WSAVA updates Global Nutrition Toolkit

WSAVA releases new pet global nutrition toolkit.

The World Small Animal Veterinary Association’s (WSAVA’s) Global Nutrition Committee (GNC) has updated its Global Nutrition Toolkit, which helps veterinary healthcare teams educate clients on optimal nutrition for their dog or cat.

The first update is a revision to its ‘Selecting a pet food’ tool.  While many owners regard the ingredient list as the most important factor in choosing a pet food, a list alone gives no reassurance as to the quality of the products used, nor does it give an indication as to whether a fully qualified nutritionist was involved in the food’s formulation. The revised version points out the most useful advice to be found on the label and highlights the importance of the manufacturer providing contact details so that follow up questions can be asked. It also reminds veterinarians and owners of the benefits but limitations of Association of American Feed Control Officials (AAFCO) adequacy statements. 

With ‘raw feeding’ growing in popularity, the GNC has also created a new and engaging infographic to illustrate the potential risks of the use of raw foods in pet diets. Both are available for free download, together with the other tools in the GNC’s Nutrition Toolkit, from the WSAVA’s website.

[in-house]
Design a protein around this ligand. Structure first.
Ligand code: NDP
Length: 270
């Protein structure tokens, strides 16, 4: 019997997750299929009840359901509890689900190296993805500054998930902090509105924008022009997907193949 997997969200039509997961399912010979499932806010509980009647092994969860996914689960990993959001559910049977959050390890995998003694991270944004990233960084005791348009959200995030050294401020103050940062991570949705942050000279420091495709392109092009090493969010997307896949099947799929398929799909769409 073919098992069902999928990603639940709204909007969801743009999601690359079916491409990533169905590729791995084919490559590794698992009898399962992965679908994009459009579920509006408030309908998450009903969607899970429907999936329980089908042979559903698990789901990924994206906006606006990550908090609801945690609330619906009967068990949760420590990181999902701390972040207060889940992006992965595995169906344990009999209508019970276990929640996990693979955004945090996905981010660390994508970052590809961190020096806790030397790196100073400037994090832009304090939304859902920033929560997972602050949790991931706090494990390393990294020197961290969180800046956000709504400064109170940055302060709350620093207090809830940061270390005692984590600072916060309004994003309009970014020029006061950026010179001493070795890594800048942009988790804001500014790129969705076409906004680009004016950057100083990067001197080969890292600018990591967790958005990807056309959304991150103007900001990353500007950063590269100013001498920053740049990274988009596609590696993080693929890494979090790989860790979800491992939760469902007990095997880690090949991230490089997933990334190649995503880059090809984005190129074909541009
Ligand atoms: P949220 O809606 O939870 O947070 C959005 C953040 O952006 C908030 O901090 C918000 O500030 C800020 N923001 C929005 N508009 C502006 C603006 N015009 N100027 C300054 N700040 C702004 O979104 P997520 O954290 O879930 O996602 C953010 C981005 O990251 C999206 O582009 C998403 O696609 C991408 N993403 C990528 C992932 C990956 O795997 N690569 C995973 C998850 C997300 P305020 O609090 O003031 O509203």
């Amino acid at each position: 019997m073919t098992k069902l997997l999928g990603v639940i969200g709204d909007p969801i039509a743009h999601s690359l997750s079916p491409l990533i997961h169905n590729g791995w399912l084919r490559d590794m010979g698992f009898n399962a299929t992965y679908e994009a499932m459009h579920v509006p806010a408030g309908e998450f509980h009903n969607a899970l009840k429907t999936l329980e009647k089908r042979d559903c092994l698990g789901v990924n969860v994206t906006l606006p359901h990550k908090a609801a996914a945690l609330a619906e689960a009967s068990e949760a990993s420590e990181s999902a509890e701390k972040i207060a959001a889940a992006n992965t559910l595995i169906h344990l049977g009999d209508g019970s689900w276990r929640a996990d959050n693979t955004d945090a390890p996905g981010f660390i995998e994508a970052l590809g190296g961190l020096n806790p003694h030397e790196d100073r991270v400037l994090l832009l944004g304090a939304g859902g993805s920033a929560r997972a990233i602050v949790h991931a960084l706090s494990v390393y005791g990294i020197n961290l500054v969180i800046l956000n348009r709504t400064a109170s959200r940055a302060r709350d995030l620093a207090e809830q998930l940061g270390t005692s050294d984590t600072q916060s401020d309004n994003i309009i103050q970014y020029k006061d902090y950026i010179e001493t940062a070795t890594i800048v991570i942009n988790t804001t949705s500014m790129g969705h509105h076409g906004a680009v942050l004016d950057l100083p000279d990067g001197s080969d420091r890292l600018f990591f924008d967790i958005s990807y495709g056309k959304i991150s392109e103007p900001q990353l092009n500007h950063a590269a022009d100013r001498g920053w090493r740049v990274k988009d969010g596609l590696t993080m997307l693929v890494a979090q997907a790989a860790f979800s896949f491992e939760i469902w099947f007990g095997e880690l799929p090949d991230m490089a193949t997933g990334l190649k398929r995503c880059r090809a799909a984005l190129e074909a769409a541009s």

Commenting, WSAVA GNC Co-Chair Marge Chandler DVM, MS, MANZCVS, DACVN, DACVIM, MRCVS, said: “Owners want to best for their pets but there is so much confusing or simply wrong information out there that it can be hard for them to navigate their way. Veterinary healthcare teams should, of course, be the first port of call for advice on nutrition, and we hope they will find that the educational resources we have created in our Toolkit, together with the WSAVA’s Global Nutrition Guidelines, give them the confidence to engage proactively with owners on the subject of nutrition and put them on the right path to feeding their pets an appropriate and well-formulated diet.”

The WSAVA’s Global Nutrition Committee promotes the importance of high-quality nutrition for companion animals and recommends that veterinarians perform a nutritional assessment on every animal at every visit. It also advocates the inclusion of nutrition as a component of all veterinary and veterinary nurse/technician curricula.  Fully independent in its work, the GNC is co-chaired by Marge Chandler and Gregg Takashima DVM, owner and clinician at The Parkway Veterinary Hospital in Oregon. The committee’s members, who are based around the world and hold different roles within the profession, lecture and publish widely on all aspects of nutrition for companion animals. 

The GNC’s work is generously supported by the Purina InstituteHill’s Pet Nutrition, and Royal Canin.



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